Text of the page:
Talitha MacKenzie, a native of New York, has been singing all her life. Whistling and humming tunes from the age of six months, her first public performance was at a family wedding, a week before her third birthday. She began studying classical piano at the age of four and by thirteen she already had music students of her own.

Growing up in multicultural New York, she became enthralled with traditional singing from all over the world. Having first heard Gaelic song at the age of seven, she was in her teens when she began to collect field recordings of old-style traditional singing. With nothing but a Teach Yourself Gaelic textbook, she began the arduous task of learning the language, so that she could perform the songs that she loved. At the same time, she was studying French and Russian at school and consuming Slavic and French Impressionist piano music by the book.

First enrolling as a student of Russian at Connecticut College, she transferred and then graduated from the New England Conservatory of Music, her degree in Music History/Ethnomusicology. It was here that she led the Eastern European Music Ensemble and sang in the Conservatory Choir, performing with the Boston Symphony Orchestra (under conductors Seiji Ozawa, Colin Davis and Claudio Abbado). Her first job after graduation was team-teaching a course in Music & Dance at Harvard University.

Between college and conservatory, a job at World Tone Music (on Manhattan's 7th Avenue) placed Talitha at the centre of the International Folk Dance Scene, where she was inundated with exotic modes and unusual rhythms. She also became involved in a number of specialist dance ensembles (including Renaissance/Baroque, Balkan and Celtic). This, along with her work as shantyman and deckhand on Tall Ships, gave her a unique insight into the organic rhythms of movement-related music.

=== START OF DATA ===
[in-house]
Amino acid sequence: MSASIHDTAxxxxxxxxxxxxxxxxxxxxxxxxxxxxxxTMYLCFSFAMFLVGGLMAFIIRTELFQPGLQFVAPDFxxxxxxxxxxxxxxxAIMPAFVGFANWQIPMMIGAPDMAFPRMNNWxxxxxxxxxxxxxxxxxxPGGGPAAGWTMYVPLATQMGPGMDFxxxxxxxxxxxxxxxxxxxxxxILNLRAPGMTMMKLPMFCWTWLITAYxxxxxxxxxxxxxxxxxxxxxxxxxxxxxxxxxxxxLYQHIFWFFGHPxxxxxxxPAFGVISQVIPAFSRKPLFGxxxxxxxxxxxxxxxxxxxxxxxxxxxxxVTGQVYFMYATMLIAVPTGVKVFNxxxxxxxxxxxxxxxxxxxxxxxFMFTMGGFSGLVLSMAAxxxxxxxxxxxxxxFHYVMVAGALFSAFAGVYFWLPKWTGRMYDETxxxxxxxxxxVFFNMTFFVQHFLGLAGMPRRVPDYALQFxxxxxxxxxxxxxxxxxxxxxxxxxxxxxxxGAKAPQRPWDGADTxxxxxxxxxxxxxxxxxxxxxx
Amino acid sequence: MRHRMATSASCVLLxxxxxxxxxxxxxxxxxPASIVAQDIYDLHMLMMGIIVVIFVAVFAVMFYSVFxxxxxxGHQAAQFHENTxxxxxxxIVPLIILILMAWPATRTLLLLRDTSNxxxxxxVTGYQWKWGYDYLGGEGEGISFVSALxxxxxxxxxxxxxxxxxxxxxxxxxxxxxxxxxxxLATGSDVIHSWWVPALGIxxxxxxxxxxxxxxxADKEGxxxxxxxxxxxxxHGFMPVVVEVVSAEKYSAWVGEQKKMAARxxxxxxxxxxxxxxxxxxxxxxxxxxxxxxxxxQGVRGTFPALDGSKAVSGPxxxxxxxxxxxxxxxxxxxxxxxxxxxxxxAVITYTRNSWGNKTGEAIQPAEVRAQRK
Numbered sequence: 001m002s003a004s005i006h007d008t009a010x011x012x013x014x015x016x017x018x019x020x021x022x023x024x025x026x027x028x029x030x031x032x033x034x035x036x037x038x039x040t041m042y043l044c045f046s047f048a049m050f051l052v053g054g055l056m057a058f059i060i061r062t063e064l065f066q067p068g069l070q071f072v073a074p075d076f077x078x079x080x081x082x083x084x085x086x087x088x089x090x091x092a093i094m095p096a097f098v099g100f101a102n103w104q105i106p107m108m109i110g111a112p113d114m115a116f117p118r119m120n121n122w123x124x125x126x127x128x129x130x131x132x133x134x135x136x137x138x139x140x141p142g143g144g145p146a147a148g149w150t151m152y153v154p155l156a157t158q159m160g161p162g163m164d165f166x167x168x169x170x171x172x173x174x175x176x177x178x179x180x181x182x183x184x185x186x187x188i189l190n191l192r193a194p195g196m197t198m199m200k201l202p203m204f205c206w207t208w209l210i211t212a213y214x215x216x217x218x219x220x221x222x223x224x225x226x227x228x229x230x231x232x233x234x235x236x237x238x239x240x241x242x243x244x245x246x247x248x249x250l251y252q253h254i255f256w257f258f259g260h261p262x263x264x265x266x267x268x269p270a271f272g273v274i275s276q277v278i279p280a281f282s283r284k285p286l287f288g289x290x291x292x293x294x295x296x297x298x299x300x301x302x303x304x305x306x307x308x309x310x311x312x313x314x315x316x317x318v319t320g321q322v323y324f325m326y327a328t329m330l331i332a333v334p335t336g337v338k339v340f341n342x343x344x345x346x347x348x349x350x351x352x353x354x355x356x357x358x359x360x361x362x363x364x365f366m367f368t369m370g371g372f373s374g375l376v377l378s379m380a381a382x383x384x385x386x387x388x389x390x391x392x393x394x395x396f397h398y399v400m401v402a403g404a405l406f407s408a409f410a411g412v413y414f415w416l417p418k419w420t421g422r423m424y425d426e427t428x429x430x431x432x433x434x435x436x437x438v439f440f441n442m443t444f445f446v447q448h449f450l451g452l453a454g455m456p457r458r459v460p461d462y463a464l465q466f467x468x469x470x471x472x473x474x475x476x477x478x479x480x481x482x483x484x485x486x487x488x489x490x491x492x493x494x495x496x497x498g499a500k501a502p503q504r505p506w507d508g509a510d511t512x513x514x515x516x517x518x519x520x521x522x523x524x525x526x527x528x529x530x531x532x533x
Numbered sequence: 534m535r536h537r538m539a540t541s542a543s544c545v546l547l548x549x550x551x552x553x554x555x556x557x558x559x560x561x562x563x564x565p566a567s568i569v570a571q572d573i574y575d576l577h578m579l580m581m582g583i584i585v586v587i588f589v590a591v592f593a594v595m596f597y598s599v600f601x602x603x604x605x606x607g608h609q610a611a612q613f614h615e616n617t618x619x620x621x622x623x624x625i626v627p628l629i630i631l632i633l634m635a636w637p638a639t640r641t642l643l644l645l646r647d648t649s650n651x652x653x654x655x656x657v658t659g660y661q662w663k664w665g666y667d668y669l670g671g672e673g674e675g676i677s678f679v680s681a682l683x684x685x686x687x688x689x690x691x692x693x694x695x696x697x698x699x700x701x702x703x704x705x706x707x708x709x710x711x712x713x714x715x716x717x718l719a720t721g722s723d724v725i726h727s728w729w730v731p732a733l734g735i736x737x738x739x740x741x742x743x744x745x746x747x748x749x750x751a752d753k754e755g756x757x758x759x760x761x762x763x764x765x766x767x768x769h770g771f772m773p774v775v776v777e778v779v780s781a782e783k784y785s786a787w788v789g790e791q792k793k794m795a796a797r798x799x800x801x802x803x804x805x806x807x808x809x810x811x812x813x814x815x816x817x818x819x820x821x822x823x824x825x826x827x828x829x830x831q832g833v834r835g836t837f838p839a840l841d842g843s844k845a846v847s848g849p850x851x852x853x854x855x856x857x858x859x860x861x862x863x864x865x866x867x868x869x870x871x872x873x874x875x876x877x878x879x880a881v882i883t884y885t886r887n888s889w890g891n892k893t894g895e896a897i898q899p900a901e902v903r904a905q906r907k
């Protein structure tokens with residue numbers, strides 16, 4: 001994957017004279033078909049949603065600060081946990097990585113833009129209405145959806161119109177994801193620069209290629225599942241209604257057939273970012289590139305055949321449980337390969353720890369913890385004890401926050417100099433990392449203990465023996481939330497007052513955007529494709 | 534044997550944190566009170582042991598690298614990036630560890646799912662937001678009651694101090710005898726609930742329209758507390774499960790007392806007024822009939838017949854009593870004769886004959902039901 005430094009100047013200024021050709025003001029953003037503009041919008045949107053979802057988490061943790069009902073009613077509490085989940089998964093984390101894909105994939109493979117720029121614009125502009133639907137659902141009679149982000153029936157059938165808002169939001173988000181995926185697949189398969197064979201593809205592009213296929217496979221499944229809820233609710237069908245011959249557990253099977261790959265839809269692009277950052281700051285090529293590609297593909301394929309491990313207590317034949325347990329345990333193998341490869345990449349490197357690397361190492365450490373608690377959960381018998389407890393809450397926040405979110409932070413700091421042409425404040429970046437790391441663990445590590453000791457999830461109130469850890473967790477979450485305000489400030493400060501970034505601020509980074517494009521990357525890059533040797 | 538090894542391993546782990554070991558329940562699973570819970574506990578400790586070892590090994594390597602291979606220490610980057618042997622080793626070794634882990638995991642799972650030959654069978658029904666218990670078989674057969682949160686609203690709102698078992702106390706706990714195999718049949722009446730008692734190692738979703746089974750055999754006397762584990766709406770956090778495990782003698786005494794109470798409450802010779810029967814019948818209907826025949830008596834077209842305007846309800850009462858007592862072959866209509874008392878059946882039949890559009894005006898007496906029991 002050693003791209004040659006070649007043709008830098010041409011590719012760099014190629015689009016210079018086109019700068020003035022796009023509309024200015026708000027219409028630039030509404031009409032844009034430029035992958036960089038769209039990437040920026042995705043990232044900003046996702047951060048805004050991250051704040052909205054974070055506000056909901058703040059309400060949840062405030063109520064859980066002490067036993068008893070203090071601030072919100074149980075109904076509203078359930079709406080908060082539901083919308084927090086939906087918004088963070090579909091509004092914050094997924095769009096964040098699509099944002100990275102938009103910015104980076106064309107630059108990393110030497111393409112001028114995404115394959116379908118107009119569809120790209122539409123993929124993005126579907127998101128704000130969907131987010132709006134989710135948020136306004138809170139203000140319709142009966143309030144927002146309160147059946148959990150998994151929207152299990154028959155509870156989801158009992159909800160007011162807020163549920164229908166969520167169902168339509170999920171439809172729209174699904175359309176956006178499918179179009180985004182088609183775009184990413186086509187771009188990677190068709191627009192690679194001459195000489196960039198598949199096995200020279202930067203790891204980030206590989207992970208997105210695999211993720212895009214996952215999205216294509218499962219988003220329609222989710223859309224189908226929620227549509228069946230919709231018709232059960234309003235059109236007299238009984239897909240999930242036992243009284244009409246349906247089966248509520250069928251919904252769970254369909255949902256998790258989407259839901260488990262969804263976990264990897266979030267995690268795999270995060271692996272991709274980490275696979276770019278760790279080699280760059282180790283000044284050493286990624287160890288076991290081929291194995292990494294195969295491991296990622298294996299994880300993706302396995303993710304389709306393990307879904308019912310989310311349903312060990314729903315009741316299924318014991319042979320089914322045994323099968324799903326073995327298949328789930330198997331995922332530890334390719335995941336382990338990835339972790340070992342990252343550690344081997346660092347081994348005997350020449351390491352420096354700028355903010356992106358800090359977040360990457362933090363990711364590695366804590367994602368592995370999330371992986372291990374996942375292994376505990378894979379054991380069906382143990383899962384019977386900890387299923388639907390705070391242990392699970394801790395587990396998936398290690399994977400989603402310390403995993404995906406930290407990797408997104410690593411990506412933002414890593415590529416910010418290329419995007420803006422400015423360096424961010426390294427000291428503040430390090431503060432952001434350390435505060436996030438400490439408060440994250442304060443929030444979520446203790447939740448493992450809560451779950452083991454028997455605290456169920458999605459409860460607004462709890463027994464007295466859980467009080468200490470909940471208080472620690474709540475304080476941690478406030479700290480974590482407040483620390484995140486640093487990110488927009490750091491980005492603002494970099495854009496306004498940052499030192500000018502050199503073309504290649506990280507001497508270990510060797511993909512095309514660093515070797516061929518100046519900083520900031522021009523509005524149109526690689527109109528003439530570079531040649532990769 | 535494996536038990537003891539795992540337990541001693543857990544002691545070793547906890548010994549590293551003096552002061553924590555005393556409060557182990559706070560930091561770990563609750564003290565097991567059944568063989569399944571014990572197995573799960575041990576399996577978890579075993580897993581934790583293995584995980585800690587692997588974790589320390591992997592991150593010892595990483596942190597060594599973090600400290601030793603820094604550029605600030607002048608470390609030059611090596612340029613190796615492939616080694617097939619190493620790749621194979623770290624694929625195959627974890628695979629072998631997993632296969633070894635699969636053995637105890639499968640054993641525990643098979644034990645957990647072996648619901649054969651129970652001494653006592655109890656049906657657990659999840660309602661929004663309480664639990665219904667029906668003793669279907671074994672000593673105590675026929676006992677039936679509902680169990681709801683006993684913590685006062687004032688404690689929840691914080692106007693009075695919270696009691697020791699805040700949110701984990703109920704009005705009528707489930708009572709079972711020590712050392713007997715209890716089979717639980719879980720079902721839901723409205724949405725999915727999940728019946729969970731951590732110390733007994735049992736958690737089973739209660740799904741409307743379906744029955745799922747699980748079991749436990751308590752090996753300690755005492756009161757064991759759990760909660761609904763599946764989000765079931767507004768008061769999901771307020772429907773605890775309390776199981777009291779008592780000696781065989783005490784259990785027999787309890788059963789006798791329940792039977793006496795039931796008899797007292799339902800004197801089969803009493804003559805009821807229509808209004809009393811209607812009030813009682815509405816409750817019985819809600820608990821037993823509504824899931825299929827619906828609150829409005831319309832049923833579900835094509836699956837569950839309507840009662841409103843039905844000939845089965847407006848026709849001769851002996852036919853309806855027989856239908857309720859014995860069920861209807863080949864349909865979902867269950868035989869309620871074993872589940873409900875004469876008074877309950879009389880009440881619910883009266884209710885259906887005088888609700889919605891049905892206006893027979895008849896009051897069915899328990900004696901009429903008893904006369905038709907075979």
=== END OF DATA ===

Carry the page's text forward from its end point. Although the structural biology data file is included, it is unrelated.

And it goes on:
By the mid-1980's she had recorded an album with Boston-Irish group ST. JAMES GATE and her first solo album, SHANTYMAN!. After several years of touring solo across America and performing mouth music with Scottish dancebands, Talitha moved to Scotland in 1987, where she performed with the Scottish Folk Ensemble Drumalban.

In 1988, she co-founded the duo Mouth Music, whose groundbreaking eponymous album (featuring contemporary World Music arrangements of traditional Gaelic songs) topped charts in Music Week and Billboard, receiving international critical acclaim. While her music partner left to pursue other projects (still using the name Mouth Music), Talitha continued the original Mouth Music project under her own name, releasing a second solo album, SÒLAS (solace), in 1993.

In 1995, a role in the Gaelic play, REITEACH, took her on tour throughout Scotland. Later that year, she signed a contract with Shanachie Entertainment Corp., recording her third solo album, SPIORAD (spirit), in France, with producer Chris Birkett (whose credits include Sinéad O' Connor, Buffy Sainte-Marie and Alison Moyet).

Talitha has spent much of the past ten years composing, teaching and directing the a cappella Women's Group Sedenka, who have performed at the Edinburgh Peace Festival, the International Festival of the Sea and the Thames Festival (London), among many other venues.

Having worked in Hollywood (where she sang with Dessislava Stefanova, director of the London Bulgarian Choir) on the soundtrack of the blockbuster film TROY), Talitha has invested her earnings in setting up her own label, SONASMultimedia, and recently released her fourth solo album INDIAN SUMMER.

She recently bought back the rights to her album SPIORAD, and, after singing the opening track at the Queen's Diamond Jubilee Thames River Pageant, she rereleased a new version of SPIORAD on her own label.

She is currently lecturing at the Royal Conservatoire of Scotland and planning to tour again in 2019.